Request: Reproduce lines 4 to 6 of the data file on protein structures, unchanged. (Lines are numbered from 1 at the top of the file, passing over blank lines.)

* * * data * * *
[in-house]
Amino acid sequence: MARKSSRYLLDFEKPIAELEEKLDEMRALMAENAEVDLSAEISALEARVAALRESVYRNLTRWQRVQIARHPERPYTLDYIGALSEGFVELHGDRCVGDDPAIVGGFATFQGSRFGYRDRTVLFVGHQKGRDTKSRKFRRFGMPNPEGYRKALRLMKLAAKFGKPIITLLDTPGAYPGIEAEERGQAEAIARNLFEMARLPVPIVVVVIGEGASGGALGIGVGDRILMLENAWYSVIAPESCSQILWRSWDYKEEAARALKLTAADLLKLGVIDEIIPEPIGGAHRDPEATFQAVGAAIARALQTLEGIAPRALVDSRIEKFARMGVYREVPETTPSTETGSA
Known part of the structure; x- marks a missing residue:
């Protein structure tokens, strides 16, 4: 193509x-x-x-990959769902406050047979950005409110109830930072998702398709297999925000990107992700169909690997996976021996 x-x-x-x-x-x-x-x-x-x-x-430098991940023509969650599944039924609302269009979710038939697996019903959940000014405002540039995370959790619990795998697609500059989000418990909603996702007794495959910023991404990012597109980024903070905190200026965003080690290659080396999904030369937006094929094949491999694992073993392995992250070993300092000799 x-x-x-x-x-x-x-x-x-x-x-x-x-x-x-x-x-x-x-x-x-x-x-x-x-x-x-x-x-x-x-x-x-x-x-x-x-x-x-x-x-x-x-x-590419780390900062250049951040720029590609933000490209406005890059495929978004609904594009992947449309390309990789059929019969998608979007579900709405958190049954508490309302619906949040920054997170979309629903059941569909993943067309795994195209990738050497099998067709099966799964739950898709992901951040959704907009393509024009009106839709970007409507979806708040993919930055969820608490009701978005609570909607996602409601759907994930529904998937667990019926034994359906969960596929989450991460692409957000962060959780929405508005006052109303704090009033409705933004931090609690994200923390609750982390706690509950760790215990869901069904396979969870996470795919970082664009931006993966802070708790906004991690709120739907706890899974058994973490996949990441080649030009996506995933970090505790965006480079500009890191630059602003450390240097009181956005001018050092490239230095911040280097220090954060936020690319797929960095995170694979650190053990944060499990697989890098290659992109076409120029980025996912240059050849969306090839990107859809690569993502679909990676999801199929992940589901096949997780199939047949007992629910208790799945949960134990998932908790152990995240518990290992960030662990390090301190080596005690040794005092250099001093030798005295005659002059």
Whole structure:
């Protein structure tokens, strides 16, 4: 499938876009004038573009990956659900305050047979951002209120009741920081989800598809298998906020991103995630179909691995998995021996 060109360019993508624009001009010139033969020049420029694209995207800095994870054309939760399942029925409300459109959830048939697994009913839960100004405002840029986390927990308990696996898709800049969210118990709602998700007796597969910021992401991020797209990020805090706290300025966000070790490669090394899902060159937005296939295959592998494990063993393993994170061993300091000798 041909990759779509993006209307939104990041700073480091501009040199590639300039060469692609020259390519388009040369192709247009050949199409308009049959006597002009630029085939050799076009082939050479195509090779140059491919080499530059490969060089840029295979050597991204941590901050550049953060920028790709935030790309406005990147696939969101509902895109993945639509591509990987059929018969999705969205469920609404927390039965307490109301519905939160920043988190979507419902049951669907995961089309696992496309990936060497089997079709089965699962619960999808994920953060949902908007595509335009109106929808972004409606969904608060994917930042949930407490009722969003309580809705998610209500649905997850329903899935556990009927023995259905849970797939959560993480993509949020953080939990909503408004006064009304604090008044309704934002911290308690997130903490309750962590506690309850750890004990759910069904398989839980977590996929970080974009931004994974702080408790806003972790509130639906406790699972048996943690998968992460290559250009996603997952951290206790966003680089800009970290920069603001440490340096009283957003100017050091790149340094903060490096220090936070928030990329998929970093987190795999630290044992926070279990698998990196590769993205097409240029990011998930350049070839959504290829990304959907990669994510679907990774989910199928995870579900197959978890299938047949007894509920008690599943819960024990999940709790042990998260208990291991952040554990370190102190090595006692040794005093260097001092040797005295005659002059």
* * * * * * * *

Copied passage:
């Protein structure tokens, strides 16, 4: 193509x-x-x-990959769902406050047979950005409110109830930072998702398709297999925000990107992700169909690997996976021996 x-x-x-x-x-x-x-x-x-x-x-430098991940023509969650599944039924609302269009979710038939697996019903959940000014405002540039995370959790619990795998697609500059989000418990909603996702007794495959910023991404990012597109980024903070905190200026965003080690290659080396999904030369937006094929094949491999694992073993392995992250070993300092000799 x-x-x-x-x-x-x-x-x-x-x-x-x-x-x-x-x-x-x-x-x-x-x-x-x-x-x-x-x-x-x-x-x-x-x-x-x-x-x-x-x-x-x-x-590419780390900062250049951040720029590609933000490209406005890059495929978004609904594009992947449309390309990789059929019969998608979007579900709405958190049954508490309302619906949040920054997170979309629903059941569909993943067309795994195209990738050497099998067709099966799964739950898709992901951040959704907009393509024009009106839709970007409507979806708040993919930055969820608490009701978005609570909607996602409601759907994930529904998937667990019926034994359906969960596929989450991460692409957000962060959780929405508005006052109303704090009033409705933004931090609690994200923390609750982390706690509950760790215990869901069904396979969870996470795919970082664009931006993966802070708790906004991690709120739907706890899974058994973490996949990441080649030009996506995933970090505790965006480079500009890191630059602003450390240097009181956005001018050092490239230095911040280097220090954060936020690319797929960095995170694979650190053990944060499990697989890098290659992109076409120029980025996912240059050849969306090839990107859809690569993502679909990676999801199929992940589901096949997780199939047949007992629910208790799945949960134990998932908790152990995240518990290992960030662990390090301190080596005690040794005092250099001093030798005295005659002059």
Whole structure:
């Protein structure tokens, strides 16, 4: 499938876009004038573009990956659900305050047979951002209120009741920081989800598809298998906020991103995630179909691995998995021996 060109360019993508624009001009010139033969020049420029694209995207800095994870054309939760399942029925409300459109959830048939697994009913839960100004405002840029986390927990308990696996898709800049969210118990709602998700007796597969910021992401991020797209990020805090706290300025966000070790490669090394899902060159937005296939295959592998494990063993393993994170061993300091000798 041909990759779509993006209307939104990041700073480091501009040199590639300039060469692609020259390519388009040369192709247009050949199409308009049959006597002009630029085939050799076009082939050479195509090779140059491919080499530059490969060089840029295979050597991204941590901050550049953060920028790709935030790309406005990147696939969101509902895109993945639509591509990987059929018969999705969205469920609404927390039965307490109301519905939160920043988190979507419902049951669907995961089309696992496309990936060497089997079709089965699962619960999808994920953060949902908007595509335009109106929808972004409606969904608060994917930042949930407490009722969003309580809705998610209500649905997850329903899935556990009927023995259905849970797939959560993480993509949020953080939990909503408004006064009304604090008044309704934002911290308690997130903490309750962590506690309850750890004990759910069904398989839980977590996929970080974009931004994974702080408790806003972790509130639906406790699972048996943690998968992460290559250009996603997952951290206790966003680089800009970290920069603001440490340096009283957003100017050091790149340094903060490096220090936070928030990329998929970093987190795999630290044992926070279990698998990196590769993205097409240029990011998930350049070839959504290829990304959907990669994510679907990774989910199928995870579900197959978890299938047949007894509920008690599943819960024990999940709790042990998260208990291991952040554990370190102190090595006692040794005093260097001092040797005295005659002059």